How about the businessman and the outlook for investment spending?  During the recession firms laid off eight million workers.  Once the recession ended corporate America began to invest heavily in information technology and any type of productivity-enhancing equipment.  Indeed, spending on technology has grown at a 15% pace since the recession ended in June 2009.  It is by far the fastest growing sector of the economy.  Productivity growth has surged.  As a result, firms made a lot of money!  Corporate profits today are back to where they were prior to the recession.

Because of the rebound in profits, corporations have socked away unprecedented amounts of cash.  Funds slopping around in checking accounts, time deposits, and U.S. Treasury securities have climbed $350 billion in the past year and are at a record high level.  This cash is not going to sit there for long.  Corporations will be looking for investment opportunities.  Much of it will be spent on technology.  More cash might be spent gobbling up a rival or paying down debt, but both of those events are likely to propel the stock market higher.

The one missing ingredient during 2010 was jobs.  But the employment situation now seems brighter.  In response to demand, firms have had to step up production.  Rather than hire new workers they have, for the most part, chosen to hire temps and work existing employees longer hours as evidenced by the steady increase in the workweek which is now almost back to its pre-recession level.  Between health care benefits, vacation time, pensions and 401 (k) plans, it is expensive to hire permanent employees.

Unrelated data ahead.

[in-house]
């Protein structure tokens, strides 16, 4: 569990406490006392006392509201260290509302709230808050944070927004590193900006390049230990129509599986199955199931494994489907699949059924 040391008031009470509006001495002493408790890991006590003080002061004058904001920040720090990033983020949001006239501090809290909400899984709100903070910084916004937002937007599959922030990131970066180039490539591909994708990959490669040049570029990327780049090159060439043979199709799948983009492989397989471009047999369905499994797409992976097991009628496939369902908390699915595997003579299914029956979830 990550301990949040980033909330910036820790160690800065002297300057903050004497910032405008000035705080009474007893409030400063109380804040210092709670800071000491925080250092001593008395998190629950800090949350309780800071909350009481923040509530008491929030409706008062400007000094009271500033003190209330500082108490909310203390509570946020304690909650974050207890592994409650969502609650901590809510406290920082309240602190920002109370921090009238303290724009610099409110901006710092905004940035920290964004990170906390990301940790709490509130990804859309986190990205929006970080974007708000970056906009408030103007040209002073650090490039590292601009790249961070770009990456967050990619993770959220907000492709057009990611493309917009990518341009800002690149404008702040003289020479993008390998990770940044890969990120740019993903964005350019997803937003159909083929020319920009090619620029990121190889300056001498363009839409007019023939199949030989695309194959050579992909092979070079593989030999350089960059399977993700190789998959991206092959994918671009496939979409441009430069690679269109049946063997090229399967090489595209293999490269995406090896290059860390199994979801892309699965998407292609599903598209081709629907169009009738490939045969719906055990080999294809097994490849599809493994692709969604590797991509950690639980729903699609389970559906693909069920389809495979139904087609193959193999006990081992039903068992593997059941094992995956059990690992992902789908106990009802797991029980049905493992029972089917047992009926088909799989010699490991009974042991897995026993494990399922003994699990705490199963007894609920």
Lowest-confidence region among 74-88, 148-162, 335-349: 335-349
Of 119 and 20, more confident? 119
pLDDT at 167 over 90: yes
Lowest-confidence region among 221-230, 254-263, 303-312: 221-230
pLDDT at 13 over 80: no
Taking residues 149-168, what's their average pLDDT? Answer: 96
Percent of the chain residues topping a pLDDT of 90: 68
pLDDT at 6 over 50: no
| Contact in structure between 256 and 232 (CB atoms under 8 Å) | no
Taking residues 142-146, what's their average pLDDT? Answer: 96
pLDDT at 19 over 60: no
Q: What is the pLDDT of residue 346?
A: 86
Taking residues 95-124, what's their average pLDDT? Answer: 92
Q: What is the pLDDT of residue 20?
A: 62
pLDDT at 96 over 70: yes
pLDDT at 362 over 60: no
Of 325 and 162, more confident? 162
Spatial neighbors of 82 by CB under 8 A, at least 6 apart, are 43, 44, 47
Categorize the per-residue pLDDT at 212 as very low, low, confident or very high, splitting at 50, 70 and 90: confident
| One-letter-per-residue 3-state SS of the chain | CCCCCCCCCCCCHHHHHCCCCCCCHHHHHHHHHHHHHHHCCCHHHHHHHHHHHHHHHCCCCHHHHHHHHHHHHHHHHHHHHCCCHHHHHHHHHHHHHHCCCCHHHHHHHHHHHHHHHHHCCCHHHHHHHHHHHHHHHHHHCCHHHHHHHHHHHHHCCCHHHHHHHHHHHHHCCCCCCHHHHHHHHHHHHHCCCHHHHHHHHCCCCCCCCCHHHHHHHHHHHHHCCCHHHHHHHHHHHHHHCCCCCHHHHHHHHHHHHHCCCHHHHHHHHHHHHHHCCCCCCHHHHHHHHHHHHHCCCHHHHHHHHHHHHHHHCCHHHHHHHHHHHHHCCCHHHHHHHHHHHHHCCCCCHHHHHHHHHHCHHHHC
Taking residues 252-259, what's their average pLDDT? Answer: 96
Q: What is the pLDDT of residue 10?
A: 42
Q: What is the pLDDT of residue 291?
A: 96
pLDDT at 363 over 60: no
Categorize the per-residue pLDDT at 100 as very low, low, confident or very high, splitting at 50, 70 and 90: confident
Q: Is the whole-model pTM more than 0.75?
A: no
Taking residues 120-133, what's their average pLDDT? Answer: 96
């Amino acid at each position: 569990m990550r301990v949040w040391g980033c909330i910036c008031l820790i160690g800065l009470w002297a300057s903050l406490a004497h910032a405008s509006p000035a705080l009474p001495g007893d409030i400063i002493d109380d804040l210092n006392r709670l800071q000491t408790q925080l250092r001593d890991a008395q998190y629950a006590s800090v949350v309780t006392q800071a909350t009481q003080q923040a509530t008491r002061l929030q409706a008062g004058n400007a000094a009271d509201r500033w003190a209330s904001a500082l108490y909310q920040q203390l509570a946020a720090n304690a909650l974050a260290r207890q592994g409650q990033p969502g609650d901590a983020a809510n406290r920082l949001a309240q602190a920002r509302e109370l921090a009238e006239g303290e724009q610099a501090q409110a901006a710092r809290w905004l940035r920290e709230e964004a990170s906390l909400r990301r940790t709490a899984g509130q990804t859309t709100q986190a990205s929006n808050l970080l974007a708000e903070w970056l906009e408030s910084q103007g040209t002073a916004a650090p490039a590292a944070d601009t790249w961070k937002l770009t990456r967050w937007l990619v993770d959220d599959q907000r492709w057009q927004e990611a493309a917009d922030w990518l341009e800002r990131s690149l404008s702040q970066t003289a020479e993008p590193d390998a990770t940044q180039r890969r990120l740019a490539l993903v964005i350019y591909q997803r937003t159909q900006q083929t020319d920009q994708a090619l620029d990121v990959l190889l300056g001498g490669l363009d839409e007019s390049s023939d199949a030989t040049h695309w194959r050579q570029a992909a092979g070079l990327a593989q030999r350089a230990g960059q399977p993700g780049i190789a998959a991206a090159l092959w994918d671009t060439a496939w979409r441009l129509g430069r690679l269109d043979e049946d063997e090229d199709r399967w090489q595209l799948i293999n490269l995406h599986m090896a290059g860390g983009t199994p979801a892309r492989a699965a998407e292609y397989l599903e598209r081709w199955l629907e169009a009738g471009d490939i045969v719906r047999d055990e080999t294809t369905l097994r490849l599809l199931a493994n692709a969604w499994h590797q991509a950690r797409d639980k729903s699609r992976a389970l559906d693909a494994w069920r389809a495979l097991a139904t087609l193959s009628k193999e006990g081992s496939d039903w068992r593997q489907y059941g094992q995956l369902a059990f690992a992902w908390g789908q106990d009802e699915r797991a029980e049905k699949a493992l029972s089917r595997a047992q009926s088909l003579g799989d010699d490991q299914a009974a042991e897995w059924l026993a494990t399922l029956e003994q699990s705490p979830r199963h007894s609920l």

But now firms have pushed that string about as far as it can go and they need to hire additional bodies.  Think of it this way.  If GDP is rising at a 2.5% pace, and productivity is also rising at 2.5%, then the economy can grow at that rate forever without the need for additional hiring.  Firms can produce everything that they need to produce with their existing headcount.  But if, as expected, GDP growth quickens to 4.0% and, simultaneously, productivity growth slows to 1.0%, then the gap must be filled by employment growth of the difference, or 3.0%.  If you work through the math that means that monthly employment gains could quickly climb to 250 thousand per month. Over the most recent three month period, payroll employment has on average risen 107 thousand.  If we soon begin to see monthly gains of 250 thousand, more people will be working which means faster growth in income, a pickup in spending, consumer and business confidence will soar, the unemployment rate will – at long last – establish a steady downtrend, and corporate profits will climb further.  In short, we will have the beginnings of a virtuous economic cycle.